- All APIs begin with shared assets—they’re the currency of an API. They can be anything a company wants to share—whether that’s internally between teams, or externally with other developers: data points, pieces of code, software, or services that a company owns and sees value in sharing.
- Next is the API, which acts like a gateway to the server. It provides a point of entry for your audience—developers who will use those assets to build their own software—but it also acts like a filter for those assets. You never want to open up your entire server and all of its contents to the outside world. APIs only reveal what you want them to reveal.
- The immediate audience of an API is rarely an end user of an app; it’s typically developers creating software or an app around those assets. This is where assets take flight, yielding creative, new ways to implement data that previously, may or may not have had any real business value to its owner. It also lets developers use reusable software components so they’re not repeating work that’s already been done.
- All of this results in apps that are connected to data and services, allowing these apps to provide richer, more intelligent experiences for users. API-powered apps are also compatible with more devices and operating systems, providing more seamless experiences.
- In the end, the beneficiaries of these apps are the end users themselves. The apps enable end users tremendous flexibility to access multiple apps seamlessly between devices, use social profiles to interact with third-party apps, and more.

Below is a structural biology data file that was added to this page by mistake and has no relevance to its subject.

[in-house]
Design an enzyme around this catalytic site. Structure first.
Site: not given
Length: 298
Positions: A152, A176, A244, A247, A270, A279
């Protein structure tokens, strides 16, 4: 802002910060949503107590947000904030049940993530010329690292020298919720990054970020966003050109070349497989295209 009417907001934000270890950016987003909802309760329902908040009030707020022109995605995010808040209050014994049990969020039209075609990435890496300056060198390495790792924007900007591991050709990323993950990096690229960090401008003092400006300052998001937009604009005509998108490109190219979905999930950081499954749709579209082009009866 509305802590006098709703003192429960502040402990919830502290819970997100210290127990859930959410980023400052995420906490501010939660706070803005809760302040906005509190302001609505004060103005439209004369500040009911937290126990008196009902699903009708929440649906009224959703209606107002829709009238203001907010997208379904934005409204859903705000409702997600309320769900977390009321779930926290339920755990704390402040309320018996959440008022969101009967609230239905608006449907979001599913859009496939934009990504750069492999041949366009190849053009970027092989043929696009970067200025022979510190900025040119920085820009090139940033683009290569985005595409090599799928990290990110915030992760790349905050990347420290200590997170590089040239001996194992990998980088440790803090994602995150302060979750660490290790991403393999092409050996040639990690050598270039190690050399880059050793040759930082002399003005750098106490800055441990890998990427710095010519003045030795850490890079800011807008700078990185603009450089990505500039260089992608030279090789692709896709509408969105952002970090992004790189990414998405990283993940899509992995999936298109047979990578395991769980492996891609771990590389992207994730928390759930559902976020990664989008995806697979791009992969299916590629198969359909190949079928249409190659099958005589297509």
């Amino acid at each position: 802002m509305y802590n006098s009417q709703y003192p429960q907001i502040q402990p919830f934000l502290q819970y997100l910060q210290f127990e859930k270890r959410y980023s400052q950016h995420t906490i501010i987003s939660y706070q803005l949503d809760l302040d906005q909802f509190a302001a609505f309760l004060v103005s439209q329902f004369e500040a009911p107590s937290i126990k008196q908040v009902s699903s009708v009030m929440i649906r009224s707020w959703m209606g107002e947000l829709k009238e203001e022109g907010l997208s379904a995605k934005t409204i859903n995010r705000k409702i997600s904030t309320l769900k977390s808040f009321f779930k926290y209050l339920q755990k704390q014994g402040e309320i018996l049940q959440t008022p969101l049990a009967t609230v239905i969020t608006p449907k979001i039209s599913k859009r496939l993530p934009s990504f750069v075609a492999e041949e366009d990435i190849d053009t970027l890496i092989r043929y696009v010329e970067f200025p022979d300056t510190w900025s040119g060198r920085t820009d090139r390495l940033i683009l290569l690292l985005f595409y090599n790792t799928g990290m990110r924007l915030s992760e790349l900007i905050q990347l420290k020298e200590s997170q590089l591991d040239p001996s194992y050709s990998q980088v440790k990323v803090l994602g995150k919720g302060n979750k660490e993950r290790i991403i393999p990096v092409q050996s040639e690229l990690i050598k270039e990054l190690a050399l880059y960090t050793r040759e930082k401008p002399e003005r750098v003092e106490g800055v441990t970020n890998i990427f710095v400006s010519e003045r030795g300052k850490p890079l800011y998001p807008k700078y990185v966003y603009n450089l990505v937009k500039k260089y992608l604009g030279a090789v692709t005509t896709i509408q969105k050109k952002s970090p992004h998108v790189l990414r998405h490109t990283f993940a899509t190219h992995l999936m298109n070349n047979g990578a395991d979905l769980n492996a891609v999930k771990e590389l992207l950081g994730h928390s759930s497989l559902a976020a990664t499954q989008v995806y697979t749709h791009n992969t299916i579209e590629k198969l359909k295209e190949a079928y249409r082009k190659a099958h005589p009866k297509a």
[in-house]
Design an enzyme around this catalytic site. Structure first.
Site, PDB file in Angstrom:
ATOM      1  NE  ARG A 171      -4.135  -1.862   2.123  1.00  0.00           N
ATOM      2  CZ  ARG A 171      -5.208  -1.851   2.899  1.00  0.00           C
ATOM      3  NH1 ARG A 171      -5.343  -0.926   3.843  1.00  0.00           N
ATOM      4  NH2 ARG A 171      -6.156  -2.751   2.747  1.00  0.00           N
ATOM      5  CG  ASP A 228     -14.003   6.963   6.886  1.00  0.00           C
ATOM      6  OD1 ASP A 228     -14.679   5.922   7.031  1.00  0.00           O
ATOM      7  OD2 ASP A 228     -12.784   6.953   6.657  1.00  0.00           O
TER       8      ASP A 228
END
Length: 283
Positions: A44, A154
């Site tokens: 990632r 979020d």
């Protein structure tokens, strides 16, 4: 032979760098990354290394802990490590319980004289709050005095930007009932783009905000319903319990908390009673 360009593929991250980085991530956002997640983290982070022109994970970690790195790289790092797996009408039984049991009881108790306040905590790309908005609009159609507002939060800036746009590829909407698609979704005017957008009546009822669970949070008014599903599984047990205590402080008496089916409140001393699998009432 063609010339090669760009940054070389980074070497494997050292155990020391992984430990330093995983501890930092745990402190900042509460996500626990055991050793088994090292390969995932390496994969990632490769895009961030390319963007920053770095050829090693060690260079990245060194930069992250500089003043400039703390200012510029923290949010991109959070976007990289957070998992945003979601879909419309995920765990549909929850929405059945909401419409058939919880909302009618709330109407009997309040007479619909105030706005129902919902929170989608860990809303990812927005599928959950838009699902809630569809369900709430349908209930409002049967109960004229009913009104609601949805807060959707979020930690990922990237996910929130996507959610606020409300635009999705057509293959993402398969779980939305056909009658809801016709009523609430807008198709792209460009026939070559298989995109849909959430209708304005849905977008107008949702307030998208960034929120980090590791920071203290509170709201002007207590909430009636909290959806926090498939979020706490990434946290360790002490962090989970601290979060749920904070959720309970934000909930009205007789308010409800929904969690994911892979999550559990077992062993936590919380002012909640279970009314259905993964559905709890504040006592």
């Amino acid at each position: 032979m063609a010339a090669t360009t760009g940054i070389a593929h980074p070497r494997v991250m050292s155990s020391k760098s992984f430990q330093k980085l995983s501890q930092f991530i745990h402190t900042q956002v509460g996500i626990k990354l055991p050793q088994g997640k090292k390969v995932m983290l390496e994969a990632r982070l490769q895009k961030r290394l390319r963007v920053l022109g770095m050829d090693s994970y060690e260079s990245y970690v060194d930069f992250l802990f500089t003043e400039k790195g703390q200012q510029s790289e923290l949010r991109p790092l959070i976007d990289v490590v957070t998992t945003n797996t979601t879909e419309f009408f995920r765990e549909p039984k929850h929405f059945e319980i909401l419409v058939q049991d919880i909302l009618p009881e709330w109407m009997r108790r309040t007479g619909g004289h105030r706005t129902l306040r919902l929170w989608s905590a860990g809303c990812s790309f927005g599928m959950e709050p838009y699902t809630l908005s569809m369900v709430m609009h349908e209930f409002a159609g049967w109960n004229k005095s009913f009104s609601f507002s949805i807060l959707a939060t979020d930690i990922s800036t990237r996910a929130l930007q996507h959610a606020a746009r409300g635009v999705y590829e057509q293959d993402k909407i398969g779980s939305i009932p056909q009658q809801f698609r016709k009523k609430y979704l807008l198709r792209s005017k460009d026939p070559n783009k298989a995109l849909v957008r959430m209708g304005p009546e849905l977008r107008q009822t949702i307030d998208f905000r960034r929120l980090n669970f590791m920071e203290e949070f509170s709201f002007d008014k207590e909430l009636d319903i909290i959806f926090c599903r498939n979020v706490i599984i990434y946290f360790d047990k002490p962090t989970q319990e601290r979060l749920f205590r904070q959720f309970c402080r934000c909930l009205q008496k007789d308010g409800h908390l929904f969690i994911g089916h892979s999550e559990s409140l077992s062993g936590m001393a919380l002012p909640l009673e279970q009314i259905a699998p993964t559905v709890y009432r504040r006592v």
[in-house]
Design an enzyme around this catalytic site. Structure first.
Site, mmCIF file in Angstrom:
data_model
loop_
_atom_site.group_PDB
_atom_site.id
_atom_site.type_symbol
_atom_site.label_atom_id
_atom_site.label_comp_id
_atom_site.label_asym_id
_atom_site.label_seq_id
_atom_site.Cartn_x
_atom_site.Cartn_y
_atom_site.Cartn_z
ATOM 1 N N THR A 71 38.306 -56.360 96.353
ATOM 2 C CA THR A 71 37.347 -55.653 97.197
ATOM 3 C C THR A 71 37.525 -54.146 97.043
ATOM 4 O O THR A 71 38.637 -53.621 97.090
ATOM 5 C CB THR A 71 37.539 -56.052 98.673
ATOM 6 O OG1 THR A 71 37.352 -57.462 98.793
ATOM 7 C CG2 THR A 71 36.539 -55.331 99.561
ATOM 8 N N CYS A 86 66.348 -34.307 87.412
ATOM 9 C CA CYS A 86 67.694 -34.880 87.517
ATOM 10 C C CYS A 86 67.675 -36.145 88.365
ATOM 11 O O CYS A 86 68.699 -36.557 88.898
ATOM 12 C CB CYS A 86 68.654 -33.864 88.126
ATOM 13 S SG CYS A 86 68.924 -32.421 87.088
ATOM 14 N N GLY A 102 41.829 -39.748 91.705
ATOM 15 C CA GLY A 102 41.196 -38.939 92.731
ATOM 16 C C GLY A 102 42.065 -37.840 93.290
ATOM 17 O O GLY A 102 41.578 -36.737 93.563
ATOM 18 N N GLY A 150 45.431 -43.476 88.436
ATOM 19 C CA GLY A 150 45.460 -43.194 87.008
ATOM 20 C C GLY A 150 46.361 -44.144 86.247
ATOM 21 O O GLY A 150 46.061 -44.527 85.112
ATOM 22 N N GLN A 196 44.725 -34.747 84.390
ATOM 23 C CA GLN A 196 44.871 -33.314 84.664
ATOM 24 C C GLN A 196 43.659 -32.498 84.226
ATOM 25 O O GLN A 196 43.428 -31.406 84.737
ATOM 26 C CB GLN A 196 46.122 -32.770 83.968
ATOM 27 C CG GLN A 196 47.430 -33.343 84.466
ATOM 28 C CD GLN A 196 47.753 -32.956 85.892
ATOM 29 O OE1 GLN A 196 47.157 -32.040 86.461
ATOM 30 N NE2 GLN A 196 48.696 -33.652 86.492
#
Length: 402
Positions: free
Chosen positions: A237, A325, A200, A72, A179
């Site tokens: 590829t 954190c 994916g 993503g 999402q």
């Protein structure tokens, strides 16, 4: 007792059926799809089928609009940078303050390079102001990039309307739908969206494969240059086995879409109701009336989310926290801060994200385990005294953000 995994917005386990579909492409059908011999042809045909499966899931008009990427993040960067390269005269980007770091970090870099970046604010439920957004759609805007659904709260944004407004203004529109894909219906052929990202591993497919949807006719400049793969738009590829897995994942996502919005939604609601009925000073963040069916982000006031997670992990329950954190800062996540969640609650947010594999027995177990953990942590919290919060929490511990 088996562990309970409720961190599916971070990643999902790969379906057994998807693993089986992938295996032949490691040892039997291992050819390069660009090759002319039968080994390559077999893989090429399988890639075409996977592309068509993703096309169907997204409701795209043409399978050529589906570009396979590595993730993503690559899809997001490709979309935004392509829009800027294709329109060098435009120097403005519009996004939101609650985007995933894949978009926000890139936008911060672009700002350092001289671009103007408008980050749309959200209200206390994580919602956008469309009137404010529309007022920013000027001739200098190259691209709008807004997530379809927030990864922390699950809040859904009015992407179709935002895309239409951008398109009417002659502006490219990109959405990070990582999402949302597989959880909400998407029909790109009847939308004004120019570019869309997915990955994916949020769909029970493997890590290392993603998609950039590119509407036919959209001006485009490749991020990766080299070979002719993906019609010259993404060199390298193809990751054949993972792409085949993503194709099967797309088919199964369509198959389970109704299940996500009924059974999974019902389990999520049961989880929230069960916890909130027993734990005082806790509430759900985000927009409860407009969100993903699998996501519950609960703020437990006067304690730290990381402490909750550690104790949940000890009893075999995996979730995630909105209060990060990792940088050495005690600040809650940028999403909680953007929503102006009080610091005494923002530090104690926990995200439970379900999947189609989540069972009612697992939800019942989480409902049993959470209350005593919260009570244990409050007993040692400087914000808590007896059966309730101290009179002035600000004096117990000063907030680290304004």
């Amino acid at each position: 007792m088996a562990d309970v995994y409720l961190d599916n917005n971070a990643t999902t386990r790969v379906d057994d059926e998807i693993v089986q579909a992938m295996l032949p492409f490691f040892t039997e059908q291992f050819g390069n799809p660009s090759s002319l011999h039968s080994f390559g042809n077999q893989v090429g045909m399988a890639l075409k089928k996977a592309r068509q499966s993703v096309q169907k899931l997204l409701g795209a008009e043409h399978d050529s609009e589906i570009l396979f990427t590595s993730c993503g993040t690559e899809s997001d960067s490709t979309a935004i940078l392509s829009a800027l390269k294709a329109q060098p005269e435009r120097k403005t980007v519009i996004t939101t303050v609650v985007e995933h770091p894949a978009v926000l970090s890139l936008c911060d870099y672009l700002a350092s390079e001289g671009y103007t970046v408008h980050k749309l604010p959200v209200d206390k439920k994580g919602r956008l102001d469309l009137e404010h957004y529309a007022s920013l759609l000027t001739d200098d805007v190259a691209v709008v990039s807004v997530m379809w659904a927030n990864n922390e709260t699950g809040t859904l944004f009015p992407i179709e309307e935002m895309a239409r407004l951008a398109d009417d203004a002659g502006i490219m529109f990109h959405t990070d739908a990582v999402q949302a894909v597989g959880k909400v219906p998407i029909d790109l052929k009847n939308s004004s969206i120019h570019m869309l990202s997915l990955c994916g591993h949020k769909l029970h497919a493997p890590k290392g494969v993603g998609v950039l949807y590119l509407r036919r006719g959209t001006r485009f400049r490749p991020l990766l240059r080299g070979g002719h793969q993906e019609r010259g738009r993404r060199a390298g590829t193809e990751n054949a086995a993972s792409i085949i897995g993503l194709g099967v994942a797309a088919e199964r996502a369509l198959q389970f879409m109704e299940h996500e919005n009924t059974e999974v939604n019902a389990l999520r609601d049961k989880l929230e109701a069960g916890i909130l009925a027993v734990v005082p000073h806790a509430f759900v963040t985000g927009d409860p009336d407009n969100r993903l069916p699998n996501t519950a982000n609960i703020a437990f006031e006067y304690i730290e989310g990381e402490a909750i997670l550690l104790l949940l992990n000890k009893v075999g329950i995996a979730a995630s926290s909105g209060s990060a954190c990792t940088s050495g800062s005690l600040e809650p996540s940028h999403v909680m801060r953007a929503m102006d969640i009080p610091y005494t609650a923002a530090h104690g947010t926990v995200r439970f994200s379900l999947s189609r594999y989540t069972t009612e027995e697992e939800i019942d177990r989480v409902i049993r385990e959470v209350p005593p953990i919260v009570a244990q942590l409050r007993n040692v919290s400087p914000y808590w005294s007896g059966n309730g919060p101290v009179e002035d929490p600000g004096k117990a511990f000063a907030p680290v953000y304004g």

How do APIs work?
APIs have endless business opportunities. So how can you leverage the functionality explained above? Here are a few ways to think about APIs and how they can work for you.
- APIs act as a doorway that people with the right key can get through. Want to give specific people—but not everyone—access to your assets? An API acts like a doorway to your server and database that those with an API key (or a paid subscription) can use to access whatever assets you choose to reveal. A key could give a user read access, write access, or both—it’s up to you.
- APIs let applications (and devices) seamlessly connect and communicate. An API can create a seamless flow of data between apps and devices in real time. This not only lets developers create apps for any format—a mobile app, a wearable, or a website—it allows apps to “talk to” one another. This is the heart of how APIs create rich user experiences in apps.
- APIs let you build one app off another app. Entire businesses and popular web applications like Hootsuite, Zapier, and IFTT (If This Then That) have been built solely on creative ways to leverage APIs. APIs allow you to write applications that use other applications as part of their core functionality. Not only can developers get access to reusable code and technology, they can leverage other technology for their own apps.
- APIs act like a “universal plug.” What if all of those people with keys to your door speak different languages? With an API, it doesn’t matter—everyone, no matter what machine, operating system, or mobile device they’re using—gets the same access. Think about those universal outlet plugs that let you use an appliance in any country’s socket. An API is a lot like that; it standardizes access.
- APIs act as a filter. Security is a big concern with APIs—after all, you’re giving outsiders access to your servers and all they contain—which is why they have to be carefully constructed. APIs should give controlled access to assets, with permissions and other measures that keep too much traffic—or malicious traffic—from bringing down your server. This is a very important API design consideration for industries that are heavily regulated, like healthcare and finance.
Now that you’ve got a general idea of what APIs are and some examples of what the technology can do, download the free ebook to learn more, or browse Upwork for a freelance API developer to kick off your API project today.